7. 7. Determining the Shape The longer side of the rain garden should face up-slope; that is, the length of the rain garden should be Width perpendicular to the slope and the downspout. This allows the garden to catch as much water as possible. However, the rain garden should still be wide enough for the water to spread evenly over the Length whole bottom and to provide the space for aArea of RainGarden variety of plants. A good rule of thumb is that the rain garden should be about twice as long (perpendicular to the slope) as it is wide. Rain Garden Area Square Feet (ft)For Example, if you take your rain garden = Length in Feet Width insquare footage, 120 ft2, and you want an 8-foot Feetwide garden, the length would be 15 feet. 0 ft ft in = 8 ft LengthDetermining Soils Types Do Drops -0% organic matter derived from yard wasteIn general, if your soil profile is compost. If you would like a more exact soilsandy (coarse textured soils), you mix, contact your local SWCD for a list of localmay be able to simply loosen the soil and improve suppliers who will be able to provide you with ait with some yard waste compost to prepare your bio-retention soil mix.rain garden for planting. Silty soils (intermediatetextured soil) drain better than clayey soils (fine Basic Soil Teststextured soils), but both types may need help to Feel Test - Rub moist soil between your fingerfunction properly. If you are unsure of your soil tips. Sandy soil feels gritty, silty soil feels smooth,type you can contact your local Soil and Water and clayey soils feel sticky.Conservation District (SWCD). Ribbon Test - Moisten soil to a putty likeThere may be extra considerations in planning consistency. Make a soil ribbon by squeezing theand building rain gardens containing silty, moist soil between your thumb and forefinger.clayey, or compacted soils. These soils Sandy soils will not form a ribbon. Silty soilsreduce the ability of rain water to percolate, will make a short, weak ribbon. Clayey soils willthe downward movement of water through the form a long, strong ribbon.soil. Consequently, you can increase the sizeof your rain garden and/or completely replace Dry Test - Mold soil into a ball and allow it to airthe soil to help combat the slow percolation dry for several hours. Once the soil is dry, crushof clayey and compacted soils in that area. A it between your thumb and forefinger. Sandyrecommended soil mix is 0-60% sand, 0-0% soils will crumble easily, while silty soils will beloamy topsoil (which can be purchased from moderately resistant and firm. Clayey soils willlocal garden stores or landscape suppliers) and be very difficult, if not impossible, to crush. Mill Creek Watershed Council of Communities 6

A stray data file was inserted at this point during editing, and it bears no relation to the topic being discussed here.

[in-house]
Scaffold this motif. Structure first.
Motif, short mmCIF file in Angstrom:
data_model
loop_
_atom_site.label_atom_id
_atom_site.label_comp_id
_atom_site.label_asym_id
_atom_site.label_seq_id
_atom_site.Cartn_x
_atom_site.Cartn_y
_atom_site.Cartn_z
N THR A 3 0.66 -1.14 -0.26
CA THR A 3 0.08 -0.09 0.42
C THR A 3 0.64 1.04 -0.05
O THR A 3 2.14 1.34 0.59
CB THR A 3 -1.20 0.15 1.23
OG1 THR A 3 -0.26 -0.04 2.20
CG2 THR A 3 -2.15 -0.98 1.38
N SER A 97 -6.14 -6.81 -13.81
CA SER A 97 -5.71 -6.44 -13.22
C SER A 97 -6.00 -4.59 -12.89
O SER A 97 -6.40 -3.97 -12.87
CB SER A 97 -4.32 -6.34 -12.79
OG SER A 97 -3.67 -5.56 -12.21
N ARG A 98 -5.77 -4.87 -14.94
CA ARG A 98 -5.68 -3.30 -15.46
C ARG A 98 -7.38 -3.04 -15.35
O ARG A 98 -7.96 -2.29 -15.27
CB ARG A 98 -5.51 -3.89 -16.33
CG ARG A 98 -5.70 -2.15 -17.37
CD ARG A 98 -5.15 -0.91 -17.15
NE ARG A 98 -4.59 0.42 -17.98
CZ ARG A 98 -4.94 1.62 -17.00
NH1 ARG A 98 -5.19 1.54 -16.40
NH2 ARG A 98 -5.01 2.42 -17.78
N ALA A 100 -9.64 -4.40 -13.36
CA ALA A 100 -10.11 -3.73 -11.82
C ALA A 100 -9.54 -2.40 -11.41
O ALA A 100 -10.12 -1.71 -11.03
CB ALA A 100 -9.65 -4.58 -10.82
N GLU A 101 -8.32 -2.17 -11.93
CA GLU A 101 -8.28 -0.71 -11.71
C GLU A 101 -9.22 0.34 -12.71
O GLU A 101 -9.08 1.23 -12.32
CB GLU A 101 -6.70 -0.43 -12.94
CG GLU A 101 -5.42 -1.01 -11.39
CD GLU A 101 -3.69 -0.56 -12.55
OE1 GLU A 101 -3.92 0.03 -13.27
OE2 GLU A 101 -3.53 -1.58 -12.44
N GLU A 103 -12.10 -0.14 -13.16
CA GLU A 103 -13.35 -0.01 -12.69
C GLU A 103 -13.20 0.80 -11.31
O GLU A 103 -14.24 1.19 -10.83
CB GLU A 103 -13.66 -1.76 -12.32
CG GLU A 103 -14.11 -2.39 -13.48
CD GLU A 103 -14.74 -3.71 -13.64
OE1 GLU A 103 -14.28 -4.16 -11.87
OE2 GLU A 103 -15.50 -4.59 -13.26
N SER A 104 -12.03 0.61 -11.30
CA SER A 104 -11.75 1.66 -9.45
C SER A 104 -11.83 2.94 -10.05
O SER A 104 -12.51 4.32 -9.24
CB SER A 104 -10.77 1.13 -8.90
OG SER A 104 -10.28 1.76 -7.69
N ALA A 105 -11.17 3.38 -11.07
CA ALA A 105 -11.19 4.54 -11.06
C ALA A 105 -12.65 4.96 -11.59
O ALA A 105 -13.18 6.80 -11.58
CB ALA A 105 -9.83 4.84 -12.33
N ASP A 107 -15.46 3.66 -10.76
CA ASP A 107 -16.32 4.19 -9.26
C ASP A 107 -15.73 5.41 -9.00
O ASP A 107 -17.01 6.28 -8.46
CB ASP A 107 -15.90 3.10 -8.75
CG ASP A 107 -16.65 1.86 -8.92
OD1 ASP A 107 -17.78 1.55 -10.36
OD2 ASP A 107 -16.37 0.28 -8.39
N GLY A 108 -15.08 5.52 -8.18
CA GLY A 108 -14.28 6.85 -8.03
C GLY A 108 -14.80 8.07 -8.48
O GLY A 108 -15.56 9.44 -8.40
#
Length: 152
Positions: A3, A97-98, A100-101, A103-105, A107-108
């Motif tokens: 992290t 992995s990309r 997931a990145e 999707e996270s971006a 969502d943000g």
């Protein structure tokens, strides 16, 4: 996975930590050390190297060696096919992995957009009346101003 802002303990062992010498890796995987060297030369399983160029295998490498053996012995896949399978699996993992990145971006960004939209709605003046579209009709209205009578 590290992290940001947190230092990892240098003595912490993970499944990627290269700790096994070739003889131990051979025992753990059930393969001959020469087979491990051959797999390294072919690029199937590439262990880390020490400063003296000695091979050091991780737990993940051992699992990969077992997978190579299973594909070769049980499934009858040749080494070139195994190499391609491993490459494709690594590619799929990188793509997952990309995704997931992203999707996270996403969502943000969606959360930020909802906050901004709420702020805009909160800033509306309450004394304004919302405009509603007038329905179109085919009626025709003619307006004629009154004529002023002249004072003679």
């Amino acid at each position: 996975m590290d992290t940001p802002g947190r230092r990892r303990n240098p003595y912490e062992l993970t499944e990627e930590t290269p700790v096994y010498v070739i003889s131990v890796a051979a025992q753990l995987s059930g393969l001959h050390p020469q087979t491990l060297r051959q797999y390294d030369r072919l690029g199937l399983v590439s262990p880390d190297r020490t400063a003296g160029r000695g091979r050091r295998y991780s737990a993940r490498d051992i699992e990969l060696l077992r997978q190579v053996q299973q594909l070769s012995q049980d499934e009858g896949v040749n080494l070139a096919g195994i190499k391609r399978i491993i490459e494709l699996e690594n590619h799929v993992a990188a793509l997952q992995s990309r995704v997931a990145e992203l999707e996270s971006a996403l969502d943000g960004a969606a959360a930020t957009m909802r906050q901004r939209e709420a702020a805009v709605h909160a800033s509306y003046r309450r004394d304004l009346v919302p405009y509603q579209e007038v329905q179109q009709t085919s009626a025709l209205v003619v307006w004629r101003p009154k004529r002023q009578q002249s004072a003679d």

8. 8. Plant Selection and LayoutNative plants are adapted to living in our local weather, soil, Plant spacing guideand ecosystems. Invasive exotic plants are plants that havebeen introduced to a habitat in which they did not evolve, andthey persistently encroach upon native flora. When choosingnative plants for the garden, it is important to consider theheight of each plant, bloom time and color, and its overall es 12texture. Use plants that bloom at different times to create a ch in in ch 2 es 1long flowering season. Mix heights, shapes, and textures togive the garden depth and dimension. This will keep the raingarden looking interesting even when few wildflowers are inbloom. Mix sedges, rushes, and grasses with your flowering plants Group like species together in odd groups of 3 - 9 plants Mix heights, shapes, and textures Follow this link to the The Mill Creek Watershed CouncilDo Drops of Communities web page for a gridded design layout template and other example layouts. Also on this web page is an extensive plant list for rain gardens in your area, complete with pictures and descriptions, and a table of plants that can be sortedby various characteristics. If you are having trouble unleashing your creative juices contact alandscape architect for help in designing your rain garden. Rain Gardens